An important contributor to the Phillies’ success over these past five years is moving on. This has been the most successful era of baseball in Phillies franchise history – including four National League East championships, three NLCS appearances, two World Series berths and one 2008 championship. This doesn’t splash on the front page, but could be a significant loss.
Davey Lopes, the Phils’ first-base coach from 2007-10, told the media on Monday he has informed team officials he will not return to the club in 2011. Lopes, 65, had been offered a one-year contract, but the two sides weren’t able to agree on a salary. Numbers weren’t disclosed but it can be safely presumed that Lopes was asking for significantly less money than Jayson Werth.
“We just had a difference of opinion on what I felt my worth was,” Lopes said by telephone interview. “That’s all. It was a really tough decision because I loved my time in Philadelphia, I loved working for [manager] Charlie Manuel, and I have the utmost respect for everyone in that organization.
“I got more enjoyment out of winning that World Series in 2008 than I did the one I won with the Dodgers as a player. I can’t say enough about how much I enjoyed my time in Philadelphia. I am really going to miss the atmosphere and the passion. The fans were great to me. I went from being a bad guy, a Dodger, to someone they really embraced – part of the family. I really appreciate that.” Phils general manager Ruben Amaro Jr., was scouting the Arizona Fall League when he learned of Lopes’ decision on Monday.
“I found out about Davey’s decision today, and clearly we are disappointed that he will not be a Phillie next season,” Amaro said in a statement. “We were hopeful that he would have remained with us as he did a fine job with our baserunners and our outfielders for the last four years. Going forward, we will immediately begin a search for his replacement.”
Lopes refused to say how far apart he and the club were in terms of compensation but it would be reasonable to assume the discussion was a difference of thousands of dollars not millions.
“Believe me, I wasn’t looking to break the bank,” Lopes commented, refusing to say exactly how far apart he and the club were in terms of compensation. “They made a good offer. I just think sometimes you get pigeonholed as a first-base coach, and I view my situation differently than other first-base coaches in that I had a lot more responsibility than that. I guess you could say it’s a principle type thing. But I move on without hard feelings. My time in Philadelphia was great.”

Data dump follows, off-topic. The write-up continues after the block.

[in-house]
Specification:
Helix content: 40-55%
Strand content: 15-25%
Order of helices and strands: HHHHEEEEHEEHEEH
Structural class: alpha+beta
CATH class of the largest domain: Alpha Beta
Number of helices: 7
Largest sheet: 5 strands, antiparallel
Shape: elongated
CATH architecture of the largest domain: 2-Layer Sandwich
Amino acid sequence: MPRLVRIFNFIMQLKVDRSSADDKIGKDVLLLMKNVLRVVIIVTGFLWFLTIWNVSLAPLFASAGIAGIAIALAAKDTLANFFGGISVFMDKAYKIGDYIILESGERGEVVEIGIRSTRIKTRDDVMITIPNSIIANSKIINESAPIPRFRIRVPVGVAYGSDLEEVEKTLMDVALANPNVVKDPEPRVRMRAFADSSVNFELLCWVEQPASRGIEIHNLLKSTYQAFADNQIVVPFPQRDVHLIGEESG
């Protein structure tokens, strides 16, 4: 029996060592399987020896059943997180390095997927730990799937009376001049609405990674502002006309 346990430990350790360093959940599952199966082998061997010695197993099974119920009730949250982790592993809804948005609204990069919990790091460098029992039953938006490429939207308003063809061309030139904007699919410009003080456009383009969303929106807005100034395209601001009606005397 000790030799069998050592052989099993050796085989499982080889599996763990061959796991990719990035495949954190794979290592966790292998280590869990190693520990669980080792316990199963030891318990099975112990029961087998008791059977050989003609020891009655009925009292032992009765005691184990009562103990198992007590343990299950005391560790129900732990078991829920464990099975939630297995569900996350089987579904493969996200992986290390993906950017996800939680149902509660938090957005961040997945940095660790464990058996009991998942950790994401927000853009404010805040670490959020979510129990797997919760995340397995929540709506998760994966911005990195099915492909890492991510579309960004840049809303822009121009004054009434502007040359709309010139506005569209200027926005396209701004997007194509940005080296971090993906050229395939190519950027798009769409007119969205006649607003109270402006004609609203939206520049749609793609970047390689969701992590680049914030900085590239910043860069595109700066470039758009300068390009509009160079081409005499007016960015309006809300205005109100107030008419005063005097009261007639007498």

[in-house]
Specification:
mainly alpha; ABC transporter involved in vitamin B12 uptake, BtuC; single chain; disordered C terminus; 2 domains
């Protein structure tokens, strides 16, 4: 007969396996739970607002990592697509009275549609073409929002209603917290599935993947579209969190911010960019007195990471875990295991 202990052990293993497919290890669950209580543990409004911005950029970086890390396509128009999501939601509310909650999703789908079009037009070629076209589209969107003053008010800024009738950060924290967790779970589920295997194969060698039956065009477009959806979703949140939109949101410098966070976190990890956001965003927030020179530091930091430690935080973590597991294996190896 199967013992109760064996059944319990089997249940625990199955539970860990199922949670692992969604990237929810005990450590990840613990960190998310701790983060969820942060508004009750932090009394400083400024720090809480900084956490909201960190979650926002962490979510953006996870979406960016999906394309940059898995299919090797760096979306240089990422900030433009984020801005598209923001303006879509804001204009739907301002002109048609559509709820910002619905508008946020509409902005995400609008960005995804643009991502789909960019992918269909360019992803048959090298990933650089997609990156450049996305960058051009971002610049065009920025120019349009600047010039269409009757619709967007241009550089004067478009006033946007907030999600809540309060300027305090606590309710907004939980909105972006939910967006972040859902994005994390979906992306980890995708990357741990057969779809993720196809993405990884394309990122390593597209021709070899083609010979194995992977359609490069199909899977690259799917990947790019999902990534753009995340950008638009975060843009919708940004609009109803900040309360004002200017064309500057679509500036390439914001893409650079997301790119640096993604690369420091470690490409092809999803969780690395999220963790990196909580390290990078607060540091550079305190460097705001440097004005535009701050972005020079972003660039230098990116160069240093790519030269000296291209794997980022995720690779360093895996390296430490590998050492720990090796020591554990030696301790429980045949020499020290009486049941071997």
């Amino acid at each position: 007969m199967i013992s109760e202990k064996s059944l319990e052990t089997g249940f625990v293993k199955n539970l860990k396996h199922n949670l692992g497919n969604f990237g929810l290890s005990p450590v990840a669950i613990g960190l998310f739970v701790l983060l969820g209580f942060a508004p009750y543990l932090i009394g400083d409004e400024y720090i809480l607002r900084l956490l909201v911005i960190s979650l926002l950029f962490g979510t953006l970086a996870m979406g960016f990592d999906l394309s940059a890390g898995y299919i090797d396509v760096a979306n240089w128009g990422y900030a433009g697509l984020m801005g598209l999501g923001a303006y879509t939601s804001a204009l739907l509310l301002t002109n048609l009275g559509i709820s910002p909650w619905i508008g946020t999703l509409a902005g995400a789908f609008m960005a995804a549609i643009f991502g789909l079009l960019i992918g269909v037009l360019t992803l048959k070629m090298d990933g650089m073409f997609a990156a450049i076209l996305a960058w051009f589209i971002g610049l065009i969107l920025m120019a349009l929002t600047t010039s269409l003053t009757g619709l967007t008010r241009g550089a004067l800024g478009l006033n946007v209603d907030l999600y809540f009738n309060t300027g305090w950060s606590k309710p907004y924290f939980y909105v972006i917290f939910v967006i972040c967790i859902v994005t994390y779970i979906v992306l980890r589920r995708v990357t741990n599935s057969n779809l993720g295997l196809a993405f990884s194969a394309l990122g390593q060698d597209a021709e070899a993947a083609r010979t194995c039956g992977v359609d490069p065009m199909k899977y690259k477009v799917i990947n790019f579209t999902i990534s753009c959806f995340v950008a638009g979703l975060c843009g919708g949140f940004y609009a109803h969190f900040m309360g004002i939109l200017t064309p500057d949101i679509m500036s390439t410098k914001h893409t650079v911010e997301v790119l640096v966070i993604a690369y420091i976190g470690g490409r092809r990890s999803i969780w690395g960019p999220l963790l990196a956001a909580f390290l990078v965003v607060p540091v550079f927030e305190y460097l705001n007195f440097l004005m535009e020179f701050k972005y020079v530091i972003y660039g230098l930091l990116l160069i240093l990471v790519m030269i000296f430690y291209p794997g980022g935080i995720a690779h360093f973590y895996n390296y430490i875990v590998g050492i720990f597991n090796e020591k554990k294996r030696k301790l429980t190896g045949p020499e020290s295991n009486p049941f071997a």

Lopes, who was brought in as part of a coaching staff overhaul after the 2006 season, oversaw outfield play and base-running for the Phils. Under Lopes – a former NL stolen base champ – the Phillies led the league in stolen-base percentage four straight seasons. In 2007 the club set a major-league record of 87.9 percent when it was successful on 138 of 157 attempts.
“They were good for me, and hopefully I added something to their careers,” Lopes said of the Phillies players. “You can’t do anything without good players.”
The rest of the Phils’ coaches have been offered contract extensions for 2011 and it is believed that they all will return. Manuel’s contract runs through 2011, but he expects to receive an extension this winter
Lopes, who lives in San Diego, would like to remain in baseball and will look for work with a West Coast team. Speculation would include the Dodgers who sport Joe Torre and Manager-elect Don Mattingly on their coaching staff.
“I’m hoping something pops up,” he said. “If I’m not in uniform next year, it won’t be much fun.” There is no indication that health concerns are an issue for Lopes.
Possible replacements for Lopes as first base coach include former Phillies Juan Samuel, Mariano Duncan, Ryne Sandberg and John Russell. Samuel has solid coaching experience and interim managerial experience with Baltimore. Russell was recently relieved as Pittsburgh’s manager but is a sound baseball man. Lopes’ contributions with the baserunning and infield coaching will be sorely missed. Another rumor circulating is that former Phillies player, coach and manager Larry Bowa may return to Philadelphia’s coaching staff while Sandberg is likely to fill the vacancy at AAA Lehigh Valley.
About the Author
Written by Christopher Rowe
Contributing writer Comcast Sports, NY Times contributing stringer 1996-2000, Contributing writer Yahoo Sports (2001 World Series). Contributing writer Newsday Long Island (1992-1994, Jets Training Camp) and Newak Star Ledger. Freelance Copywriter, Editor/Founder Atlantic Times Weekly (1993-2003) fantasy football magazine, produced screenwriter and general humorist. Hofstra University grad, Marist College honorary alum, Salesian; Purveyor of the Value and Valor of Philadelphia Eagles 1960 NFL Championship; Adrent believer that Eagles could have won Super Bowl XV...and Super Bowl XXXIX...plus modern decade of Eagles 5 NFC Championships... Believer in the Broad Street Bullies and the 1983 Sixers... Witness to Philadelphia Phillies World Series championships 1980 & 2008, Suffered Phillies first pro sports team to reach 10,000 losses,witnessed "1980 Cardiac Kids," 1983 "Wheeze Kids," 1993 "Macho Row" and many, many, many not-so-memorable seasons in-between... until the Philadelphia Baseball Renaissance of 21st Century, Five NL East division titles 2007-2011, 3 NLCS appearances 2008-2010, 2 consecutive World Series berths 2008 & 2009. 2008 World Champions of baseball [miss ya Harry and Richie]; "collector" of MLB ballparks (42 stadiums including 15 which are gone); Fantasy Football & Baseball player since 1992. Always a sports fan... Tenui Nec Dimittam Contact me firstname.lastname@example.org